A quilt is a multi-layered textile, traditionally composed of three layers of fiber: a woven cloth top, a layer of batting or wadding, and a woven back, combined using the technique of quilting, the process of sewing the three layers together. Occasionally, the three layers of the quilt are tied together using evenly spaced knots rather than sewn. This unique process of binding three layers of fiber together distinguishes quilts from other types of blankets, although in modern British English, an unquilted duvet or comforter may also be called a quilt. Historically, quilts were frequently used as bedcovers; this use persists today, but in the twenty-first century, quilts are also frequently displayed as non-utilitarian works of art.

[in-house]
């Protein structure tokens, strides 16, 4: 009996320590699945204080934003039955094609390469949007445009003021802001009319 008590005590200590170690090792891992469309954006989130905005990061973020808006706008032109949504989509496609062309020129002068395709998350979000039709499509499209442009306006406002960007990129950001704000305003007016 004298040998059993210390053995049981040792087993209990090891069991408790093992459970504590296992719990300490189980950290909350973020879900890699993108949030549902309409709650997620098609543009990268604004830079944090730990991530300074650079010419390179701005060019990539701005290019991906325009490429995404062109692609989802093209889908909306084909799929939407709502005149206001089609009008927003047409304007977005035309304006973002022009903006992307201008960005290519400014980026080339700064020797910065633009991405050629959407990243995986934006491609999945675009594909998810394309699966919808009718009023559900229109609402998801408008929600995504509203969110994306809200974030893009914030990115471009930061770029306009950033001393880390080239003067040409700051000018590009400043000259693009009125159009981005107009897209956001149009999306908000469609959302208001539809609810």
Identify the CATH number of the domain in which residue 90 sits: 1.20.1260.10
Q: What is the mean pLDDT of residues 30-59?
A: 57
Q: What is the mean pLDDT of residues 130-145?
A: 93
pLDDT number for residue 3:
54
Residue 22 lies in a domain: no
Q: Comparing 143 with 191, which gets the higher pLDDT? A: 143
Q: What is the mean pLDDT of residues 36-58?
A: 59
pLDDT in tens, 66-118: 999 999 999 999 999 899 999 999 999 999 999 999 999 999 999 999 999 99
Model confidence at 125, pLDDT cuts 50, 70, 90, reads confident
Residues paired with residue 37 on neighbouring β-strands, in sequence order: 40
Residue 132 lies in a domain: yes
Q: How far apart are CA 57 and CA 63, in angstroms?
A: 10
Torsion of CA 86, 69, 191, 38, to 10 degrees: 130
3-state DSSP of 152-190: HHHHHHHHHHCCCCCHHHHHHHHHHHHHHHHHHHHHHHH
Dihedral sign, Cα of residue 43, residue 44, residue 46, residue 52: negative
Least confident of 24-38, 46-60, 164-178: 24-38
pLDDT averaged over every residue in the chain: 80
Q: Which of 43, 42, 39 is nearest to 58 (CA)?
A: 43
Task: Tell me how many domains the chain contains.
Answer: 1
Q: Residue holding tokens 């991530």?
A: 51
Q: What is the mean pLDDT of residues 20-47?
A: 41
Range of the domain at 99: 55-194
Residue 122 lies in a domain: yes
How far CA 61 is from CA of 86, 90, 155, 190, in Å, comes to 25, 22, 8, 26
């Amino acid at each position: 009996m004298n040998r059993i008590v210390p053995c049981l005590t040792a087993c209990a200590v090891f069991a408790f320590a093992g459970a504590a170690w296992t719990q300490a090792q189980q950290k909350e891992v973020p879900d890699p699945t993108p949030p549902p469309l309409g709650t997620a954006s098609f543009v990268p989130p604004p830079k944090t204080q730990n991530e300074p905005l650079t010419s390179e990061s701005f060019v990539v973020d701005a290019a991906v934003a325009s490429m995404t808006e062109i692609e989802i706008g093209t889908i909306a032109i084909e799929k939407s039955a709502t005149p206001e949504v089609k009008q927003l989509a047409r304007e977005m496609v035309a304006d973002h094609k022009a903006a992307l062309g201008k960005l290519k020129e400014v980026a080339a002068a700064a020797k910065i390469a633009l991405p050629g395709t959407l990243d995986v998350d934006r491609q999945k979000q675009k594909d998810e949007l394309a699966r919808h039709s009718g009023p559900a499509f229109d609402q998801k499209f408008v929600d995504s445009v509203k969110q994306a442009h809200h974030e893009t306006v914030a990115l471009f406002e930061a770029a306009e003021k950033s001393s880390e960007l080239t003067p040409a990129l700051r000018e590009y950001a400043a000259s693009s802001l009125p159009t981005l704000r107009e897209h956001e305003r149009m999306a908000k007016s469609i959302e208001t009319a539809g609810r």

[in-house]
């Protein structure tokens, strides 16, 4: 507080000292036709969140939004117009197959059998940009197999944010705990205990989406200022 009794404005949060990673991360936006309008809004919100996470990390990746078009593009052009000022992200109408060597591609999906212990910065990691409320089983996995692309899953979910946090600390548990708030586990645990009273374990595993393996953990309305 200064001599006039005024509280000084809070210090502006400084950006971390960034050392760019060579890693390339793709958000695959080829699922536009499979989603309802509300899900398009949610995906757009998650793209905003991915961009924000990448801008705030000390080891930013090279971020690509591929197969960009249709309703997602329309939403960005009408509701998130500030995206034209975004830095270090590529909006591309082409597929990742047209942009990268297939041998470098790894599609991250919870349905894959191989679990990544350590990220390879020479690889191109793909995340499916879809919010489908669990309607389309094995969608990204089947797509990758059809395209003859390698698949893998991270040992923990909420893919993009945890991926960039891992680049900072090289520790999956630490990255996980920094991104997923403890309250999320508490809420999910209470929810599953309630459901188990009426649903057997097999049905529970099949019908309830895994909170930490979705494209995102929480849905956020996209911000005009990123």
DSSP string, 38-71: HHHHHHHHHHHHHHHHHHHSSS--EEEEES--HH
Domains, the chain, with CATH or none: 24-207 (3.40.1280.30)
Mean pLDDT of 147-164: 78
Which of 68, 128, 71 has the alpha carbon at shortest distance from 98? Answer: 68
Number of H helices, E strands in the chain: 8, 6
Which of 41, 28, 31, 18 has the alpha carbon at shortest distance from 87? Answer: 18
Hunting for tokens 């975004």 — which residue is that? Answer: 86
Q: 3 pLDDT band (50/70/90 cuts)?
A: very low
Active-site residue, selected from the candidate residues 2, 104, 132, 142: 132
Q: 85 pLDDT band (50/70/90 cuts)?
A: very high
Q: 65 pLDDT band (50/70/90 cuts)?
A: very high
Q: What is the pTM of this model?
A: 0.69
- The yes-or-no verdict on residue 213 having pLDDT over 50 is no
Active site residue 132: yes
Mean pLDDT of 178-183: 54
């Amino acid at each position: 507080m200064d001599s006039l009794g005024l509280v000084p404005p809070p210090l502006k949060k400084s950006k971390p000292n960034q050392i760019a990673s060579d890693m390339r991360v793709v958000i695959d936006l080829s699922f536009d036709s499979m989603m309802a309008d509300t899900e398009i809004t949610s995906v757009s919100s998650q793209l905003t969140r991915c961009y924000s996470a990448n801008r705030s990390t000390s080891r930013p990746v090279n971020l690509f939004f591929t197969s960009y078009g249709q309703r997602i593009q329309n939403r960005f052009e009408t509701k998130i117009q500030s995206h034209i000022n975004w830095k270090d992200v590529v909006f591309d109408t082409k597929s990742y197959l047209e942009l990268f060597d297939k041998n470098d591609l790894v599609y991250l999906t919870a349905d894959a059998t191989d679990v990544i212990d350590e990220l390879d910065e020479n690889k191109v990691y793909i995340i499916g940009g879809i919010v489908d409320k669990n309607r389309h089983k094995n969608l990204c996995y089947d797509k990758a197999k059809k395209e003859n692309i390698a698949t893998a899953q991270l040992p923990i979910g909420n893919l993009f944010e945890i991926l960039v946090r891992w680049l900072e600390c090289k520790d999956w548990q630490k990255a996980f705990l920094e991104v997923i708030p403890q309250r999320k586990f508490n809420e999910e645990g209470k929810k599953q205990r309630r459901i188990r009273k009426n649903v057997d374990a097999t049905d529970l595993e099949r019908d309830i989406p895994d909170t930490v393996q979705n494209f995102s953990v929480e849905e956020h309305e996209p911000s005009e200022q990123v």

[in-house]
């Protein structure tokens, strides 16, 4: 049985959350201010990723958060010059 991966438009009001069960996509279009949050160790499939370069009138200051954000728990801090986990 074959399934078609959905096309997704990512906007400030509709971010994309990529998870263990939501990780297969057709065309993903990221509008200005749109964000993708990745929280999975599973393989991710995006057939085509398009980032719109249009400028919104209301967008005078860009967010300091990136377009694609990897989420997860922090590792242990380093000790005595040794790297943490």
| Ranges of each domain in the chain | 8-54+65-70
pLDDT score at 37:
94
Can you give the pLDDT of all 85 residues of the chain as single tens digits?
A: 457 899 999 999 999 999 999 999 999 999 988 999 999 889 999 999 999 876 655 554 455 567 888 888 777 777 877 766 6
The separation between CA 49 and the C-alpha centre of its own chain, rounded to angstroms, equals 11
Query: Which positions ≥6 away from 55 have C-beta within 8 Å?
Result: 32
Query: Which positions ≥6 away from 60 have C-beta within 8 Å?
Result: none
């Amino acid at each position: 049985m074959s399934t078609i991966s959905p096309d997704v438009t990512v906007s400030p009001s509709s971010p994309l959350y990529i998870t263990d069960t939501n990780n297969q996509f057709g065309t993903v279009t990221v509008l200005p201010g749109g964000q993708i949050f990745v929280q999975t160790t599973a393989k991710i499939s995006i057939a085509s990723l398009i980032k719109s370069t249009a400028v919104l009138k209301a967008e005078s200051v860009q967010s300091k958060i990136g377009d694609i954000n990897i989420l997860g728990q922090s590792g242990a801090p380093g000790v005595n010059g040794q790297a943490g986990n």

Where a single piece of fabric is used for the top of a quilt (a wholecloth quilt), the key decorative element is likely to be the pattern of stitching, but where the top is pieced from a patchwork of smaller fabric pieces, the pattern and color of the pieces will be important to the design.
Historically, quilts were frequently used as bedcovers or served other functional purposes. However, the work involved in creating them and their decorative possibilities has led to their cultural importance in many places and times, and they are increasingly also treated as a visual art form.
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